Ever hear of “Murphy”? He’s the guy that shows up when you least want him to. He’s the flat tire just after you budgeted to the last dollar and don’t have money left over to replace/fix it. He’s the extra expensive electric bill that you didn’t plan for that is due this month because of excess usage. Murphy is anything that goes wrong that we don’t plan for. Don’t let Murphy get you down! With sinking funds, it’s like having Murphy repellent!Maybe you’ve heard the term “sinking fund” thrown around, maybe you haven’t. I want to take some time to dive into what they are and how we use them in our budgeting every month.
Maybe you’ve heard the term “sinking fund” thrown around, maybe you haven’t. I want to take some time to dive into what they are and how we use them in our budgeting every month.
So, basically, a sinking fund is just money you set aside to buy things that cost money at various intervals.
Some great ideas for things you would use a sinking fund for would include, but are not limited to:
- Yearly Auto Insurance
- Property Taxes (if you are not escrowed)
- House Repairs
- Car Repairs
- Association Dues (if they are not monthly)
- Fun Money
- Car replacement
- Technology/jewelry/other fun things you want to purchase
- Many other things
Most of the items you see on this list are items that vary from month to month (clothing, car repairs, gifts) and there are some that are paid yearly or bi-annually.
The advantage to using this is that when the bill comes due, you will have the money saved up so that it doesn’t become an emergency or a crisis. Take auto insurance, for example. We pay ours annually because we get the biggest discount that way. All we do is take the amount that it costs for the whole year and divide that number by 12 months and then save that amount each month into the fund.
Example: 12 months of insurance runs $720. We take $720/12=$60/month. We then budget for $60/month to set aside as we pay our bills. Instead of paying the insurance company each month, we just transfer that money into our Sinking Fund account and let it build up until the bill comes due in 12 more months. At that time, we will have $720 saved up and will shop around for new car insurance to make sure we are still getting the best deal. If we can save even more money, we can free the savings up and move it towards whatever goal we want or leave it in there and lower our costs even more for the next year.
By doing this, we are able to get a better deal because we have more options available to us.
On the other hand, there are items out there that vary from month to month and tend to come up, but only at different times. These are things that the better you track how you spend, the better you will be at forecasting how much they will cost in the future. A prime example of this is our gift budget. We like to write out all the different events that come up ahead of time and try to figure out how much we want to give to each event.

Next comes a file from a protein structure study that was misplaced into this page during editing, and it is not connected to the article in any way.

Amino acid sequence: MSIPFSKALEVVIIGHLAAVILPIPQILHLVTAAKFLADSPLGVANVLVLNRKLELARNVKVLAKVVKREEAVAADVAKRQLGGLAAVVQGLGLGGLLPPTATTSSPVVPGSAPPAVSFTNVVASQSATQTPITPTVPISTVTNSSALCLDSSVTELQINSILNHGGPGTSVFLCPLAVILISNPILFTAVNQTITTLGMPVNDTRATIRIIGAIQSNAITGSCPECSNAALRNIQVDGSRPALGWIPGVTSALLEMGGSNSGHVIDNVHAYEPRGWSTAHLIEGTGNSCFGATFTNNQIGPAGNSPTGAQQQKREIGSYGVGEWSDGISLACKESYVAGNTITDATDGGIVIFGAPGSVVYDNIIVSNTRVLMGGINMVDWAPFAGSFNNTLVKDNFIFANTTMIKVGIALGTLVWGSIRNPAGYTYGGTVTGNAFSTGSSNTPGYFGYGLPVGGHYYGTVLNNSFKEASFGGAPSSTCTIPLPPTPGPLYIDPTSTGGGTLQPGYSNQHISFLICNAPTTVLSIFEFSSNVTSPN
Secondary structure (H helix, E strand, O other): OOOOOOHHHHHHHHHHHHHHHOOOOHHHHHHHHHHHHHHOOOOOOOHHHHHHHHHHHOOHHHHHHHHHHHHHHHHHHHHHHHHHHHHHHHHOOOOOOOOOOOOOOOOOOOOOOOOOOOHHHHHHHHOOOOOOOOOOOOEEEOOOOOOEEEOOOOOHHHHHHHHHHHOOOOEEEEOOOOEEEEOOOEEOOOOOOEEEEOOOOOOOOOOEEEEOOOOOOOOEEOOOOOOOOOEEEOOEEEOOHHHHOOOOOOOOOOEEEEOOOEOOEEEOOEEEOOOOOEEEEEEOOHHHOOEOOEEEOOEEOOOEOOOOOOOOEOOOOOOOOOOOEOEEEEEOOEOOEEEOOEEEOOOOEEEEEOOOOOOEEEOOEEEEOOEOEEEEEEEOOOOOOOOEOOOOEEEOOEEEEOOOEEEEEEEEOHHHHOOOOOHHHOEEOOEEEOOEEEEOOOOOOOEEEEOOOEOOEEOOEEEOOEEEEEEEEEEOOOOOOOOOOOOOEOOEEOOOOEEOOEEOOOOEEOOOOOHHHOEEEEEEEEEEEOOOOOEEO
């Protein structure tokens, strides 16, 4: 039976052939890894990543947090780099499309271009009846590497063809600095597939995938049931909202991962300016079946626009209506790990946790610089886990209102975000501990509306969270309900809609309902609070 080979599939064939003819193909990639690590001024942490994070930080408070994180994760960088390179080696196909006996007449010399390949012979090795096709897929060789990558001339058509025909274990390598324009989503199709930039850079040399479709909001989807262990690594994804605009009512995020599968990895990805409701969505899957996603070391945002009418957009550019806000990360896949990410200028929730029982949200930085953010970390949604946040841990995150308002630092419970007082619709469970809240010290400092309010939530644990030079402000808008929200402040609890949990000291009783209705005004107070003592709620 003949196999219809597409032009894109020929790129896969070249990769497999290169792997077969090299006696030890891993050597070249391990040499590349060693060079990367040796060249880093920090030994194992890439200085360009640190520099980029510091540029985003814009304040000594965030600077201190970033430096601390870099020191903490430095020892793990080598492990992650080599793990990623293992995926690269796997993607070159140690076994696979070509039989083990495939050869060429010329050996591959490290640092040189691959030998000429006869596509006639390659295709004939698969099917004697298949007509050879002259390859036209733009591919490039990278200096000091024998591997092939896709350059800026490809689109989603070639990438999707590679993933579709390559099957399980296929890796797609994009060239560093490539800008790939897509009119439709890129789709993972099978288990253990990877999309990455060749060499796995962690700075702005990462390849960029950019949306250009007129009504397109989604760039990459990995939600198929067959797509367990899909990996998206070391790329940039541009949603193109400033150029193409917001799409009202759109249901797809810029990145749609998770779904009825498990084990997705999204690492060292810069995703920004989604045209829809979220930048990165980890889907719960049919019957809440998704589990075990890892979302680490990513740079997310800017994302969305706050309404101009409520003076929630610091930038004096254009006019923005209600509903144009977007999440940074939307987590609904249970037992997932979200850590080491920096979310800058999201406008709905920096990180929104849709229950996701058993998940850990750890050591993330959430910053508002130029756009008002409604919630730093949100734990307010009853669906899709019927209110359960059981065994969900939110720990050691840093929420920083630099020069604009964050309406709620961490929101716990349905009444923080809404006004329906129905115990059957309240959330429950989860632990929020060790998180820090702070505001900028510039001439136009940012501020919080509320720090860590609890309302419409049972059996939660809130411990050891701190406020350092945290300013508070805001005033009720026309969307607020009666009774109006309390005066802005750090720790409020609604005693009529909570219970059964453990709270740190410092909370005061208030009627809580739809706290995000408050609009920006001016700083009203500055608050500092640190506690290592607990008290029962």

Some of these things include:
- Holidays (Christmas, Thanksgiving, Easter, etc.)
- Kid’s events (parties and gifts)
- Hosted events
- Extra unforeseen events (stuff that comes up last minute that we can allow ourselves to say yes to.)
By planning this out to the best of our ability, we are able to forecast what it’s going to cost us in this category for the year. Again, we just add up everything and divide the number by 12 months and start transferring that money into the sinking fund for gifts each month.
What happens if you don’t have enough in there at the time you want to make the purchase? This happens from time to time with our variable accounts. What we do is make sure that we are not over our yearly amount. If not, we allow ourselves to “rob Peter to pay Paul” in a way. Since all of our “sinking funds” are shared in one account overall, the overall account should almost never run the risk of going negative. Because things should be spread out, you will almost always have enough money in the account as a whole that you might be able to go negative in one fund for a short time while it’s funding itself over the monthly allotments.
The warning that I will throw up here is that you have to be very careful to make sure you don’t go over your yearly amounts or you will start running in the red very quickly and might have to adjust your sinking fund contributions to make this work from time to time. What I do, is try to review our different funds and how much we have spent over the past 12 months on a rolling 6-month window. This is very easy to do as long as you’ve been tracking your transactions. I just use Mint.com and look at the last 12 months for a certain category and it adds up all the money that I’ve spent over that time frame. I verify that this amount is on track with what I’m putting away and adjust if necessary. By doing this, I don’t know how many times I was over saving for something that I thought I needed. This allows you to do checkups at regular intervals and stay ahead of your funds and how well they are funded.
What We Do
For my wife and I, sinking funds allow us to keep the budget very boring and steady. Last minute things that come up like random birthday parties, car repairs, home repairs, etc. don’t have to cause a huge fight anymore. Because we’ve done the legwork, we have the money saved to cover these expenses for the most part without having to even come close to touching our emergency fund. The sinking fund basically acts to provide a buffer for when things start to spiral out of control in those months when everything seems to be going wrong.
So, do you use sinking funds? If so, do you keep them all in one account or separate? Do you want to start one now? Do you need any help? Let me know!
Photo credit: Getty Images